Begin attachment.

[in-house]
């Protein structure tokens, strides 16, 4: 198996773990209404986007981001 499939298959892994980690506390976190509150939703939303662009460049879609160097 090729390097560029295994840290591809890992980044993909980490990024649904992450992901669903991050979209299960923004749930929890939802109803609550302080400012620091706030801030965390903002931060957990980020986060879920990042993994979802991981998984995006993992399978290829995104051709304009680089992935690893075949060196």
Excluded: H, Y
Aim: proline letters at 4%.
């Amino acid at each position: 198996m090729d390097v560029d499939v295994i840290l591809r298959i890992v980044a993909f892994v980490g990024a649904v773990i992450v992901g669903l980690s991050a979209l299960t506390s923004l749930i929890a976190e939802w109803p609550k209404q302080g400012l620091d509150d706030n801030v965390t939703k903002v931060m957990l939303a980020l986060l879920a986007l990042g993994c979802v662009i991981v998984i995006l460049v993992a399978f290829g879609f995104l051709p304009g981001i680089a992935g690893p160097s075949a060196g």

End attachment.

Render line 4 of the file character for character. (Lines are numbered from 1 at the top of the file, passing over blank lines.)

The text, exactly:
Aim: proline letters at 4%.